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"David Lehman's A Fine Romance wittily explores the enormous contribution of Jewish writers and composers to the American musical scene. Lehman finds Jewish influence, or what he calls 'a plaintive undertow,' even in such unlikely upbeat anthems as Gershwin's 'Love Walked In.' His love-struck history is itself a major entertainment."
-- John Ashbery, author of Three Poems
"David Lehman's A Fine Romance is a spirited account and reminiscence of a time when Jewish plaintiveness and wit combined with Negro blues to give our American culture its way of singing. Everyone who hums the great old tunes will delight in this book and its wondrous lore."
--Richard Wilbur, author of Things of This World
"With brio and encyclopedic knowledge, David Lehman has penned a lovely valentine to the American songbook. Along the way, hard questions are asked, contradictions confronted and shrewd insights offered. The result is pure delight."
--Phillip Lopate, author of Two Marriages
"A wonderfully compelling and poetic analysis that re-envisions the American songbook." –Craig Morgan Teicher, Publisher's Weekly
“What a lovely book this is…Lehman is a fine writer, in full command of his subject.” –writerscast.com
“A Fine Romance is thoroughly enjoyable, right down to the short, witty, and informative chronology at the end of the book. Whether one is familiar with this music and wants to rekindle its romance, or unfamiliar and wants to ignite such a passion, this book is just the ticket.” –Rain Taxi Review of Books
“Though there’s lots of learning here, there’s no heavy-handedness: this is a chrestomathy of loved tunes and musical moments, evoked casually, but with wide authority and tact…song is for pleasure after all, if I can quote some non-Jewish jazz royalty in Duke Ellington, ‘it don’t mean a thing if it ain’t got that swing.’ Lehman has that swing.” –Tikkun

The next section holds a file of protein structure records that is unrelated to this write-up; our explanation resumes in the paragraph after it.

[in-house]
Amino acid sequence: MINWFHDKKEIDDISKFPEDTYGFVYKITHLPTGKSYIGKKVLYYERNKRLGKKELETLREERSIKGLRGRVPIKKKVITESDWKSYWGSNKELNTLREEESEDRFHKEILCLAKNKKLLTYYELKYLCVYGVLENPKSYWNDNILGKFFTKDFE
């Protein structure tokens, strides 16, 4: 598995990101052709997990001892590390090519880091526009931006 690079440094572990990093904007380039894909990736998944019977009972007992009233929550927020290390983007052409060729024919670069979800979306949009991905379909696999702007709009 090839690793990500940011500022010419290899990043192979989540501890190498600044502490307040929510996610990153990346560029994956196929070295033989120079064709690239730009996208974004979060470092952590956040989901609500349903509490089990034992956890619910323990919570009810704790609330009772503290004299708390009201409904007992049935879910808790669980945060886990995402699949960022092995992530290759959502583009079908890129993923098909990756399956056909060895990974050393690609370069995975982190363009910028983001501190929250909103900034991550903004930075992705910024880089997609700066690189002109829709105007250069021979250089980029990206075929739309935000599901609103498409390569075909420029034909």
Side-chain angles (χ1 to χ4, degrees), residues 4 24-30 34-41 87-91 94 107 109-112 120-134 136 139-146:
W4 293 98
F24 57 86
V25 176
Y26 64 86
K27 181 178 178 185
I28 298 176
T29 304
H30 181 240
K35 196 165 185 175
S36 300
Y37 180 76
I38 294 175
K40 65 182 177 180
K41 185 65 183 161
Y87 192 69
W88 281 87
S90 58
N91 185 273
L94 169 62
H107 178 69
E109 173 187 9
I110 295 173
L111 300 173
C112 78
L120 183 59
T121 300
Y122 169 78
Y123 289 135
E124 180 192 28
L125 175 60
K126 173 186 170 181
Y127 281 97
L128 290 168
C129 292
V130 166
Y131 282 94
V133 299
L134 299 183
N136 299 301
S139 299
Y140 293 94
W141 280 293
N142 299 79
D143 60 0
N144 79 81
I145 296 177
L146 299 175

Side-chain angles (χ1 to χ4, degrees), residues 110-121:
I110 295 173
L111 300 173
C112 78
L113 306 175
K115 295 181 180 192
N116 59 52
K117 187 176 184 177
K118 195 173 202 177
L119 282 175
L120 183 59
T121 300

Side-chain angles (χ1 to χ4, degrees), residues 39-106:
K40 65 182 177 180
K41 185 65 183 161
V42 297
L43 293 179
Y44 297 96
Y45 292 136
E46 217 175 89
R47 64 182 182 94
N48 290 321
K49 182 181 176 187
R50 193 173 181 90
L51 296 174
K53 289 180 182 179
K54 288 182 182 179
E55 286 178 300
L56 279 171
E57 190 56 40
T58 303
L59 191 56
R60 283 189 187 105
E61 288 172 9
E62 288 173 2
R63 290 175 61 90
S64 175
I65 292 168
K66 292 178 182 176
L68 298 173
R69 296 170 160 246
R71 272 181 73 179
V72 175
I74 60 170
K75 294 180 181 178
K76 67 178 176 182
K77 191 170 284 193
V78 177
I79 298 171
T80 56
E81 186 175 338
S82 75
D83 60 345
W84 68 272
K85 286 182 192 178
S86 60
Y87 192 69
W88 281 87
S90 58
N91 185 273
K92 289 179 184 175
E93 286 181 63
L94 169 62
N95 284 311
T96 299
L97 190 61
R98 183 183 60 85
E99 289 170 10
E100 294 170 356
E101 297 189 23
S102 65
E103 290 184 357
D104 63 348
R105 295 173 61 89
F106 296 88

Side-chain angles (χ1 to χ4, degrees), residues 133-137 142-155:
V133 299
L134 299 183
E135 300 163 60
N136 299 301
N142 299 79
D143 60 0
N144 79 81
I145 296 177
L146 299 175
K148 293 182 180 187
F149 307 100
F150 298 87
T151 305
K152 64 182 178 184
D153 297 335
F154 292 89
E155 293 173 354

But not everyone liked their efforts, Lehman tells us. "Virgil Thomson, the composer and music critic for the New York Herald Tribune, dismissed George Gershwin's music for Porgy and Bess as 'gefilitefish scoring.' Whether you you regard the comment as a slur or just a colorful way to register a criticism, it makes it plain that Thomson's educated ear picked up the synagogue rather than the indigenous Gullah sound of Charleston..." Lehman is the editor of The Oxford Book of American Poetry, the series editor of The Best American Poetry, and the author of seven books of poems, including When a Woman Loves a Man. He obviously loves Jewish music (as my mother used to say, "What's not to like?") and includes this telling footnote: "To me," said Lenny Bruce, "if you live in New York or any other big city, you are Jewish..." --Dick Adler
Posted March 9, 2012
An indispensable and eye-opening history of American songwriting in the first half of the 20th century and its indelible roots in Jewish culture and liturgy.Was this review helpful? Yes NoThank you for your feedback. Report this reviewThank you, this review has been flagged.